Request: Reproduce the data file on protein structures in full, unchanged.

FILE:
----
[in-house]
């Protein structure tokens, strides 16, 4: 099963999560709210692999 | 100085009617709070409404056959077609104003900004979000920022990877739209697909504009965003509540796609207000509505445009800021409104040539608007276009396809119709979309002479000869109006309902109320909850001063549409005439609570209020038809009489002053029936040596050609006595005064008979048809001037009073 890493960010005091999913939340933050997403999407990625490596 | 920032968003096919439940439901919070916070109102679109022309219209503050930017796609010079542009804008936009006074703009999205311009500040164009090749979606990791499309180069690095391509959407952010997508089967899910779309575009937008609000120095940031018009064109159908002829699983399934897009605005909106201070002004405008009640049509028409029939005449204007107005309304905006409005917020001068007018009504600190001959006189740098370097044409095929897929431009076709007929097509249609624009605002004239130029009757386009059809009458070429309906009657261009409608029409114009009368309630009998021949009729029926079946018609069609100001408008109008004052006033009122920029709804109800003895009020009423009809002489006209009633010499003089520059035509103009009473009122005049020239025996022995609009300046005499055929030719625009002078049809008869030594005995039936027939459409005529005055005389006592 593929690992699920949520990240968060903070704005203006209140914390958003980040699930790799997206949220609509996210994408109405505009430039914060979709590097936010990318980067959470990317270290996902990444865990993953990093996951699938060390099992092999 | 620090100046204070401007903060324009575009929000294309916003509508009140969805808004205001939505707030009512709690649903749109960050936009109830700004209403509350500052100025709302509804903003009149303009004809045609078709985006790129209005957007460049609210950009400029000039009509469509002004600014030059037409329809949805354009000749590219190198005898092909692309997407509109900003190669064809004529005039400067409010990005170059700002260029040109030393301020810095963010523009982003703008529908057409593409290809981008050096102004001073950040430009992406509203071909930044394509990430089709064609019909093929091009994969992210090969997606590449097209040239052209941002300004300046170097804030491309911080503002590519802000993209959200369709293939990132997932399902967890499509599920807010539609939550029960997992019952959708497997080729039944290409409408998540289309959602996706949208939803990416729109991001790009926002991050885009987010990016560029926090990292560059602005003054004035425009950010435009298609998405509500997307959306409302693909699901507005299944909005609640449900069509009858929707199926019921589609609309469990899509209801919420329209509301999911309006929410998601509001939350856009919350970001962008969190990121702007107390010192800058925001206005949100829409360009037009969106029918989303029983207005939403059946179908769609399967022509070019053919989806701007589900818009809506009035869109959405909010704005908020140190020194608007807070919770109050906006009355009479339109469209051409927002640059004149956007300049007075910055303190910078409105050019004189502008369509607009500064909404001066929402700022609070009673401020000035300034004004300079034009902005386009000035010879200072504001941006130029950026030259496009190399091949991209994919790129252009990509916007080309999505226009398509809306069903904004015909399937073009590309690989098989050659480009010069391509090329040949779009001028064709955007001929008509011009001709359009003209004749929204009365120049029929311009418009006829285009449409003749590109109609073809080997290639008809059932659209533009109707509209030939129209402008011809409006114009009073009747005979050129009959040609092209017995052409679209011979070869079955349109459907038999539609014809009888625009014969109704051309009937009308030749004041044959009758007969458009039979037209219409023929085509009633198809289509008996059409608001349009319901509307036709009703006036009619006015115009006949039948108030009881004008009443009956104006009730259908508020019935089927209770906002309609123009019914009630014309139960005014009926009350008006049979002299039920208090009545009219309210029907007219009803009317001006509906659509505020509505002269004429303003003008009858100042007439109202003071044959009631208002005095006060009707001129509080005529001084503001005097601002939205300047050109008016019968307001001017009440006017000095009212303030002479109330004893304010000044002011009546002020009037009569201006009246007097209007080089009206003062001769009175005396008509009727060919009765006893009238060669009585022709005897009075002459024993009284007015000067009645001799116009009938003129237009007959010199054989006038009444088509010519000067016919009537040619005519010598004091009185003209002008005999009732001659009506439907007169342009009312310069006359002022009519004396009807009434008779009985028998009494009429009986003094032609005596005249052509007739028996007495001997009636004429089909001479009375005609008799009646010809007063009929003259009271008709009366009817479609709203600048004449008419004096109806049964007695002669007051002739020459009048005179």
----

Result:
[in-house]
């Protein structure tokens, strides 16, 4: 099963999560709210692999 | 100085009617709070409404056959077609104003900004979000920022990877739209697909504009965003509540796609207000509505445009800021409104040539608007276009396809119709979309002479000869109006309902109320909850001063549409005439609570209020038809009489002053029936040596050609006595005064008979048809001037009073 890493960010005091999913939340933050997403999407990625490596 | 920032968003096919439940439901919070916070109102679109022309219209503050930017796609010079542009804008936009006074703009999205311009500040164009090749979606990791499309180069690095391509959407952010997508089967899910779309575009937008609000120095940031018009064109159908002829699983399934897009605005909106201070002004405008009640049509028409029939005449204007107005309304905006409005917020001068007018009504600190001959006189740098370097044409095929897929431009076709007929097509249609624009605002004239130029009757386009059809009458070429309906009657261009409608029409114009009368309630009998021949009729029926079946018609069609100001408008109008004052006033009122920029709804109800003895009020009423009809002489006209009633010499003089520059035509103009009473009122005049020239025996022995609009300046005499055929030719625009002078049809008869030594005995039936027939459409005529005055005389006592 593929690992699920949520990240968060903070704005203006209140914390958003980040699930790799997206949220609509996210994408109405505009430039914060979709590097936010990318980067959470990317270290996902990444865990993953990093996951699938060390099992092999 | 620090100046204070401007903060324009575009929000294309916003509508009140969805808004205001939505707030009512709690649903749109960050936009109830700004209403509350500052100025709302509804903003009149303009004809045609078709985006790129209005957007460049609210950009400029000039009509469509002004600014030059037409329809949805354009000749590219190198005898092909692309997407509109900003190669064809004529005039400067409010990005170059700002260029040109030393301020810095963010523009982003703008529908057409593409290809981008050096102004001073950040430009992406509203071909930044394509990430089709064609019909093929091009994969992210090969997606590449097209040239052209941002300004300046170097804030491309911080503002590519802000993209959200369709293939990132997932399902967890499509599920807010539609939550029960997992019952959708497997080729039944290409409408998540289309959602996706949208939803990416729109991001790009926002991050885009987010990016560029926090990292560059602005003054004035425009950010435009298609998405509500997307959306409302693909699901507005299944909005609640449900069509009858929707199926019921589609609309469990899509209801919420329209509301999911309006929410998601509001939350856009919350970001962008969190990121702007107390010192800058925001206005949100829409360009037009969106029918989303029983207005939403059946179908769609399967022509070019053919989806701007589900818009809506009035869109959405909010704005908020140190020194608007807070919770109050906006009355009479339109469209051409927002640059004149956007300049007075910055303190910078409105050019004189502008369509607009500064909404001066929402700022609070009673401020000035300034004004300079034009902005386009000035010879200072504001941006130029950026030259496009190399091949991209994919790129252009990509916007080309999505226009398509809306069903904004015909399937073009590309690989098989050659480009010069391509090329040949779009001028064709955007001929008509011009001709359009003209004749929204009365120049029929311009418009006829285009449409003749590109109609073809080997290639008809059932659209533009109707509209030939129209402008011809409006114009009073009747005979050129009959040609092209017995052409679209011979070869079955349109459907038999539609014809009888625009014969109704051309009937009308030749004041044959009758007969458009039979037209219409023929085509009633198809289509008996059409608001349009319901509307036709009703006036009619006015115009006949039948108030009881004008009443009956104006009730259908508020019935089927209770906002309609123009019914009630014309139960005014009926009350008006049979002299039920208090009545009219309210029907007219009803009317001006509906659509505020509505002269004429303003003008009858100042007439109202003071044959009631208002005095006060009707001129509080005529001084503001005097601002939205300047050109008016019968307001001017009440006017000095009212303030002479109330004893304010000044002011009546002020009037009569201006009246007097209007080089009206003062001769009175005396008509009727060919009765006893009238060669009585022709005897009075002459024993009284007015000067009645001799116009009938003129237009007959010199054989006038009444088509010519000067016919009537040619005519010598004091009185003209002008005999009732001659009506439907007169342009009312310069006359002022009519004396009807009434008779009985028998009494009429009986003094032609005596005249052509007739028996007495001997009636004429089909001479009375005609008799009646010809007063009929003259009271008709009366009817479609709203600048004449008419004096109806049964007695002669007051002739020459009048005179």